Friday, February 6, 2009

A "Glorious" Evening of Wonderfully Wretched Singing

Monte Python would announce it as "And now for something completely different" from the Tacoma Musical Playhouse. I knew it was a Northwest premiere and had an incredible run in London, and I also knew it was based on a true story, but in general I didn't know what to expect from "Glorious" by playwright Peter Quilter. Jon Douglas Rake, the managing artistic director at the TMP, had described the show to me not as a musical, but a play with music. However I did not know what that meant.

What it meant was that there wasn't the usual big song and dance numbers like you might find in most of the Main Stage shows at the theater. Oh, there was music that was sprinkled throughout, but with the exception of one Cole Porter tune, it was not the caliber you would expect from the talented musicians that you find on stage there. Especially from Sharry O'Hare, who has such a strong, beautiful voice and plays the shows lead, Florence Foster Jenkins. It was bad. I mean really bad. Wonderfully, rib ticklingly and finally hilariously bad. As I left the theater after having thoroughly enjoyed the performances, I mentioned to her with high praise "it is hard enough for a singer to sing bad, but you sing bad so well."

And that is the point. The show is about a woman whose family has cut her off in order to keep her from the thing that she most enjoys, singing and performing, due to her generous lack of talent. But when she inherits her families fortune, she spends the rest of her life doing what she loves; putting on shows, recording records and playing to sometimes raucous crowds.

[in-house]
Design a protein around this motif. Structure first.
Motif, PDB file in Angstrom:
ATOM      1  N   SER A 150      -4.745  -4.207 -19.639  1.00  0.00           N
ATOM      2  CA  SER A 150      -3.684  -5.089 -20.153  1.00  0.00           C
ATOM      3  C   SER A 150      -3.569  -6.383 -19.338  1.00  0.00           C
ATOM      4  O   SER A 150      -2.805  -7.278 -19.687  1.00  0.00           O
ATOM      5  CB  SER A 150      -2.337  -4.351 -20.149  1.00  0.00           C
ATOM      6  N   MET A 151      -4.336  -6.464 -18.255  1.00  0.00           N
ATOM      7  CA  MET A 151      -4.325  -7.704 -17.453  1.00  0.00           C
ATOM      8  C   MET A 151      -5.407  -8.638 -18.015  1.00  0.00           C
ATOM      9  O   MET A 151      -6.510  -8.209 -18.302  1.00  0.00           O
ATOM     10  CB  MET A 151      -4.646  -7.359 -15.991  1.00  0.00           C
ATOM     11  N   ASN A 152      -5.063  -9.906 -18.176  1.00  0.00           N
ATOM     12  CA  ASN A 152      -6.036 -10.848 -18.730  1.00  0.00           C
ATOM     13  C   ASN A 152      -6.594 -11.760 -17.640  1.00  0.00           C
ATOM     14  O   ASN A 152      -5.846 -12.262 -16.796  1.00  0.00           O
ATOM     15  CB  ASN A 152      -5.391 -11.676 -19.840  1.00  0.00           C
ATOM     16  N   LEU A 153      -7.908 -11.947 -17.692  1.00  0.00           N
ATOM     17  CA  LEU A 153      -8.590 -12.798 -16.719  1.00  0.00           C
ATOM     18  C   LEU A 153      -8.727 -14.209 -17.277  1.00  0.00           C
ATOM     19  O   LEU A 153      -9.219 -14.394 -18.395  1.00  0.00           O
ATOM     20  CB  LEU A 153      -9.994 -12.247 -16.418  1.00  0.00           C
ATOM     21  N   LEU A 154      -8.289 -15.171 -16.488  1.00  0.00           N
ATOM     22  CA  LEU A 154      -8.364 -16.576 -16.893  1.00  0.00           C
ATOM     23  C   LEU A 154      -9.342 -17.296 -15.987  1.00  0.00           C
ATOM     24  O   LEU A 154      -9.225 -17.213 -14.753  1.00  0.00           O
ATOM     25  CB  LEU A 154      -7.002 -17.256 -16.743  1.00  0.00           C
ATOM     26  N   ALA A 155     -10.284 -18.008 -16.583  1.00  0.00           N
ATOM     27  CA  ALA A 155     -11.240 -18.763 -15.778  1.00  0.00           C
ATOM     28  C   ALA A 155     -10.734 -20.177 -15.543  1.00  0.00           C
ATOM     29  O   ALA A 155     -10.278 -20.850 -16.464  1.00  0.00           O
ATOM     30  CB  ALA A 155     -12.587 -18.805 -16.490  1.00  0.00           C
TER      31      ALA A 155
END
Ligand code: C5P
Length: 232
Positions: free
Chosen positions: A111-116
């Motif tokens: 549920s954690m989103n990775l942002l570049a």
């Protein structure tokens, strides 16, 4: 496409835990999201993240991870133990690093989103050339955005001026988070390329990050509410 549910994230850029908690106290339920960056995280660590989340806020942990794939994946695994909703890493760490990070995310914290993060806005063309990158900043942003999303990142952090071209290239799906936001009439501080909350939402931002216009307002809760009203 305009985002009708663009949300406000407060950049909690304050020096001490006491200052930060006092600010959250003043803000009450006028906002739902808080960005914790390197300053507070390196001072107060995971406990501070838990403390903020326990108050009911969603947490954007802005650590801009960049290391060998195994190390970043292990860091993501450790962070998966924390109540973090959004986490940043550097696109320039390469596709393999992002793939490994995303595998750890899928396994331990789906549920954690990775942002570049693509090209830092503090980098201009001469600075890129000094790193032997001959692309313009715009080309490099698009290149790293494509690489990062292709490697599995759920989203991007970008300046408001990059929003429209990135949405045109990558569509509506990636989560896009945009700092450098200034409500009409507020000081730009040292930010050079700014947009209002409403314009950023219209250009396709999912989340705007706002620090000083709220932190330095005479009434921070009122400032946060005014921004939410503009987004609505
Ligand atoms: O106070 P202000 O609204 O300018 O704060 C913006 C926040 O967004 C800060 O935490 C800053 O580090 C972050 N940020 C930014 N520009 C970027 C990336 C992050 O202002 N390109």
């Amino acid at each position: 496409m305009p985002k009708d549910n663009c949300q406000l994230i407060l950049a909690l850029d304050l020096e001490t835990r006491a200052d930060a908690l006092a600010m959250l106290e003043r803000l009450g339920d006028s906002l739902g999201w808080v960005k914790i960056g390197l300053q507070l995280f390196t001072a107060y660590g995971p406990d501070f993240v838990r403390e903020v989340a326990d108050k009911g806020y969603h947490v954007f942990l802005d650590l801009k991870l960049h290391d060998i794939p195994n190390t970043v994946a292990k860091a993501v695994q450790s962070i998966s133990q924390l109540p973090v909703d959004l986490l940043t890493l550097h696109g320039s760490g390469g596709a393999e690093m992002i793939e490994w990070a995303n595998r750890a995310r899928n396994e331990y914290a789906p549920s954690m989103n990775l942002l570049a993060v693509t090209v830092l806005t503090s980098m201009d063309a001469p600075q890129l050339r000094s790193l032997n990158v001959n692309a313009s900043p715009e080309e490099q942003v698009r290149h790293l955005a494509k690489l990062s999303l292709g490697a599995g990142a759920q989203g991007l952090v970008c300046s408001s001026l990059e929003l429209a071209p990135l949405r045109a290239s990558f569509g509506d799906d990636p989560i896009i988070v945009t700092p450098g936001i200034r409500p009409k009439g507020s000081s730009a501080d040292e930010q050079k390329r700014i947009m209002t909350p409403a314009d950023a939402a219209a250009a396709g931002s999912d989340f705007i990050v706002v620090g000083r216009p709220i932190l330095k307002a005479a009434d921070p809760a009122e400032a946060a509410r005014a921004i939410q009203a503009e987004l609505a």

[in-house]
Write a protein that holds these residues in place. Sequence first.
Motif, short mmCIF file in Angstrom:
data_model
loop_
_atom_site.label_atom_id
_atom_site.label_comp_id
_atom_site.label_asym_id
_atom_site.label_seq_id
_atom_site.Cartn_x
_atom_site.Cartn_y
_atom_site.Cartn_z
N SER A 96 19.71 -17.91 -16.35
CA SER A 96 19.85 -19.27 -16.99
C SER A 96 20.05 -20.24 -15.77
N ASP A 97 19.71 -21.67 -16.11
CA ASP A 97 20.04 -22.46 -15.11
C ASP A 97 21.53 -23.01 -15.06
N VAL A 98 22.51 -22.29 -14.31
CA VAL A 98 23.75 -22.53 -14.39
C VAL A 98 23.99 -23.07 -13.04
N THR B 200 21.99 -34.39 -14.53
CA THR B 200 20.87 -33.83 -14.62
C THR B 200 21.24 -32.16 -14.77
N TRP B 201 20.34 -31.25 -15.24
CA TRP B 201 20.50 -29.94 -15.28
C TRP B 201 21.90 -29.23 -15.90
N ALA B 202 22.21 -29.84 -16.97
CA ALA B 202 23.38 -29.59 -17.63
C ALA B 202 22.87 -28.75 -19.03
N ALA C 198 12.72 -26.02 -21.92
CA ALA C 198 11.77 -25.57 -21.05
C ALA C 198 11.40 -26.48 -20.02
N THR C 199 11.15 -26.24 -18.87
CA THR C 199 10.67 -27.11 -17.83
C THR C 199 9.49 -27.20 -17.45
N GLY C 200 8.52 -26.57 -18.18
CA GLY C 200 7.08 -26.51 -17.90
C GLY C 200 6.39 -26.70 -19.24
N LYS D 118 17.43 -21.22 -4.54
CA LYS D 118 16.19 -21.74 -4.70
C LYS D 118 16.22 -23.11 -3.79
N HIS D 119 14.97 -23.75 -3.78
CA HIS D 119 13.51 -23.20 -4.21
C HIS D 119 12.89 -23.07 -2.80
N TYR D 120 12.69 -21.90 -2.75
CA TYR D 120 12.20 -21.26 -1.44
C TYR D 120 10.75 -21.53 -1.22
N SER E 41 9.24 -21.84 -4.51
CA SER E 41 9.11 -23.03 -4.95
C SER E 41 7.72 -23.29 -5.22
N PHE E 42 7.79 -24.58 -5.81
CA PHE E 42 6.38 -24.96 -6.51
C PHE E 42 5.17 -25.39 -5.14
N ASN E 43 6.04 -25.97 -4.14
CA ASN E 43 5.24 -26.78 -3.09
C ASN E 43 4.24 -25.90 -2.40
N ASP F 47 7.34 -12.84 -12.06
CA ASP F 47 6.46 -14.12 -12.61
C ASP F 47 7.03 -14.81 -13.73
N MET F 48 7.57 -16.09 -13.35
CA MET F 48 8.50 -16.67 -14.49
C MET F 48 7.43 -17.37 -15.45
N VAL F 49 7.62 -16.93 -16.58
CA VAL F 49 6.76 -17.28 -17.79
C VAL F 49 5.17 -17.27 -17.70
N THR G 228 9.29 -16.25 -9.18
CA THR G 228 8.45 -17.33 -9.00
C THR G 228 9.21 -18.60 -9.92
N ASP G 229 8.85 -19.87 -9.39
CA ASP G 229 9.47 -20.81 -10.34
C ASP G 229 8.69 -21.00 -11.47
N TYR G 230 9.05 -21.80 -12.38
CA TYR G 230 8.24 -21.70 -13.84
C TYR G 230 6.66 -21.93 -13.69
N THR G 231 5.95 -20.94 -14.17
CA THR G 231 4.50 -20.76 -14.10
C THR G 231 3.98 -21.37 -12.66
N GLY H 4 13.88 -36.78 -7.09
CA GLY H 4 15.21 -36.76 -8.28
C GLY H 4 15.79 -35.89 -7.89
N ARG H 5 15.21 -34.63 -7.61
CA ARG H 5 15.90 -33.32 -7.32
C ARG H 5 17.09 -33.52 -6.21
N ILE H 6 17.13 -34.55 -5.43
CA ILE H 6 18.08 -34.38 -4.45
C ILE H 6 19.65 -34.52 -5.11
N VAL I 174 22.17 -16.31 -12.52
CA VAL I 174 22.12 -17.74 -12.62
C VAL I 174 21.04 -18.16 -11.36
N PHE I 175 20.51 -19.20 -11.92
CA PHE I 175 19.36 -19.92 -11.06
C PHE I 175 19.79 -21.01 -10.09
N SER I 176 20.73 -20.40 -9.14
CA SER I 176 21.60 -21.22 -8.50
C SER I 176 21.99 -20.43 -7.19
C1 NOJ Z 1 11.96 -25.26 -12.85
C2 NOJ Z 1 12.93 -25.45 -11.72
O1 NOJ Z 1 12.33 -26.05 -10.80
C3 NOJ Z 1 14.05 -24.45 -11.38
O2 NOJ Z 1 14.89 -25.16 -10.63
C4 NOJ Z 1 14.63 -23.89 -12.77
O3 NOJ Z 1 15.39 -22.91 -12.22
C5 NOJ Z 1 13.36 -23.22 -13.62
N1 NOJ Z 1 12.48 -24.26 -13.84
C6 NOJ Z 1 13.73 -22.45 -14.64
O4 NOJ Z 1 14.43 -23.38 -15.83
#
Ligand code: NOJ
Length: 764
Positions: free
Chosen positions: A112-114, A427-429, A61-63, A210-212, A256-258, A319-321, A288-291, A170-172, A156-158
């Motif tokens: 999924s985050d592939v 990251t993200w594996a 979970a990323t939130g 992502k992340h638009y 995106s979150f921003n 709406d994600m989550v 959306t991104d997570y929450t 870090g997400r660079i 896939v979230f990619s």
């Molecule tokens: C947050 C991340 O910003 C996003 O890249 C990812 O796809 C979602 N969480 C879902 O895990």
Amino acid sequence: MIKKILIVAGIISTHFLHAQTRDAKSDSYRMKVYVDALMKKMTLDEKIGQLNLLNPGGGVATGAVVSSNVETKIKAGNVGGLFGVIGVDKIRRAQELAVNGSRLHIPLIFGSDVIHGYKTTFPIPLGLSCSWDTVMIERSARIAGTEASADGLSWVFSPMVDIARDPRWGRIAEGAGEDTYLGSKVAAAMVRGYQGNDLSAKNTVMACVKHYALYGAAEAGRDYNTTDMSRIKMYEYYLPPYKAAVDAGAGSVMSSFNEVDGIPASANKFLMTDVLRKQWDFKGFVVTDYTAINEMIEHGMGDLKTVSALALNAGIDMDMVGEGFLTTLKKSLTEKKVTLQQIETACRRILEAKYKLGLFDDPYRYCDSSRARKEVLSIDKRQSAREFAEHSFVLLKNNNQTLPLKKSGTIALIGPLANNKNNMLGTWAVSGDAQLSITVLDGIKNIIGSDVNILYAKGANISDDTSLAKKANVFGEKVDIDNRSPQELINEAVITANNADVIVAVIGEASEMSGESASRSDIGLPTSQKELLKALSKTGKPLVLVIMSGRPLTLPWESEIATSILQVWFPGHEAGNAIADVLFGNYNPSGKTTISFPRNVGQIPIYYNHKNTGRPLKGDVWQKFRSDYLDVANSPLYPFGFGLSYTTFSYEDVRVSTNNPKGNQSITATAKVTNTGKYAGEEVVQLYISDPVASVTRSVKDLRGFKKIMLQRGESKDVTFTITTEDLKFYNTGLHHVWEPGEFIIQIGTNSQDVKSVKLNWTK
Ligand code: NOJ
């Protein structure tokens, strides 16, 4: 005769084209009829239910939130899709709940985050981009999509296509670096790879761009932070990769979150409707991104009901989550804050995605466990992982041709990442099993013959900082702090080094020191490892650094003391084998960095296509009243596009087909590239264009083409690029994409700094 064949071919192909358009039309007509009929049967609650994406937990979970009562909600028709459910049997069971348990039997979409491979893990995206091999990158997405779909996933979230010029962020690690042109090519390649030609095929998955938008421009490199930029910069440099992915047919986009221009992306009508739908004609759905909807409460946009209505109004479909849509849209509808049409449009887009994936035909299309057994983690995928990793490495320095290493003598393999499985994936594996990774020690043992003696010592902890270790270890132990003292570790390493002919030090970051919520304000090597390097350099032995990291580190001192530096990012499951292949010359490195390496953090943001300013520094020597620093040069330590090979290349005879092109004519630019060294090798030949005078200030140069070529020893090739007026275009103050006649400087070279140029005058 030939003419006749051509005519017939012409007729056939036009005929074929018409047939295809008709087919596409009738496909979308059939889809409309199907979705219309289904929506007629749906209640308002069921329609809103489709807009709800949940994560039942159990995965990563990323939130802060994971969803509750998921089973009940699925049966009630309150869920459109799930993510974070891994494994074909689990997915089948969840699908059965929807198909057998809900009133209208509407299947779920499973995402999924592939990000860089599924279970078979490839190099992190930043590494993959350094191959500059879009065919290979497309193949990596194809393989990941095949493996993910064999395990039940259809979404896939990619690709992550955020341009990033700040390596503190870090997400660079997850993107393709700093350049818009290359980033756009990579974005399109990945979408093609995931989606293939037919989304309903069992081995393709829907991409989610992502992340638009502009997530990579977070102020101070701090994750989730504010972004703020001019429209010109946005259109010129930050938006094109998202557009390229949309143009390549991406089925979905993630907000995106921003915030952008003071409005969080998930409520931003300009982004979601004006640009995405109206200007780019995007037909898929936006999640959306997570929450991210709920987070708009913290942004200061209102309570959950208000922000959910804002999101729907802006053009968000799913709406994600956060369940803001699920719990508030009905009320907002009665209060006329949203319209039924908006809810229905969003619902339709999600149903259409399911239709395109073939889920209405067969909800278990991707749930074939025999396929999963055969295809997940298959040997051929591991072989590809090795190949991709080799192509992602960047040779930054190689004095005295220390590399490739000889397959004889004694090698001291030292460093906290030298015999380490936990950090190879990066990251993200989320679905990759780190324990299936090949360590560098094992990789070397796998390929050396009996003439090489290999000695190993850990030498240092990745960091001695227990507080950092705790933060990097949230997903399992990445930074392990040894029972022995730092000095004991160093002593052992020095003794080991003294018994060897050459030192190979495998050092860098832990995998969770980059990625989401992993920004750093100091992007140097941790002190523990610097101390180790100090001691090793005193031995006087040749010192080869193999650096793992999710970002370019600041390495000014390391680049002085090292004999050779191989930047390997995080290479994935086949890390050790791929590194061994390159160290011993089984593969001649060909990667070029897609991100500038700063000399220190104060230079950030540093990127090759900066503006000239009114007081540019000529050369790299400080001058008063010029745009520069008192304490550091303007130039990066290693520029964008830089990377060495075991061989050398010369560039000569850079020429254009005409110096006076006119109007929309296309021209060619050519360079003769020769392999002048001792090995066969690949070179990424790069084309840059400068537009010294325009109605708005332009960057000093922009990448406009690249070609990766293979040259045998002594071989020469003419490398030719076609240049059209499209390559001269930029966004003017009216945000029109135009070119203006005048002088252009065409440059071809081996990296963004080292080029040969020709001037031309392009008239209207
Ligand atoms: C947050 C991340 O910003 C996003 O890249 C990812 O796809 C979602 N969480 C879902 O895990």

She has admirers such as Cole Porter and Tallulah Bankhead and many different ladies auxiliaries. But why? Though it is left to you to decide, I believe it is because she truly loves music and wants to share that love of music. She is living her dream with gusto and critics be damned. It is fortuitous that she is so awful that her concerts actually provide perverse enjoyment to those who attend.

And to those in the real audience as well. Because there are few actors in the cast, only six, and the songs don't come every ten minutes, it builds like a play should, introducing you to the characters and letting you get to know them:

* The initially reluctant piano accompanist Cosme McMoon (a very funny Josh Anderson making his TMP debut) whose slow turn from horror to admiration is touching.

* The non-English speaking maid, Maria (Maria Valenzuela) whose expressions alone communicate all you need to know, but with the translations provided, makes for very entertaining reading.

* The British lady killer, unsuccessful actor, friend and confidant St. Clair Bayfield (Tom Birkeland).

* Her life long fan and friend Dorothy (Kat Dollarhide).

* Her not a fan at all, Mrs. Verrinder-Gedge (Jill Goodman).

I enjoy watching actors who I have worked with on stage. I was in "My Fair Lady" with Tom, "Kiss Me Kate" with Maria, and recently "The Phantom Tollbooth" with Jill. I have known Kat for many years and have admired Sharry in other productions.

It is a testament to the performers that by the end of the show I cared about the characters without giving thought to the actors portraying them.

If Florence Foster Jenkins were alive today I could easily imagine myself going to her show and truly enjoying the gaudy costumes, the pretension of fine art and the gusto with which that art was so innocently dismantled. Sharry O'Hare does it wonderfully badly so well.

1 comment:

Anonymous said...

I saw the show last weekend, and it has three more weeks of the run, so go out and see it NOW. I have seen Sharry perform in other shows, but nothing matches this one--she is truly beautiful and shining in this production. Thank you for the notes on this show.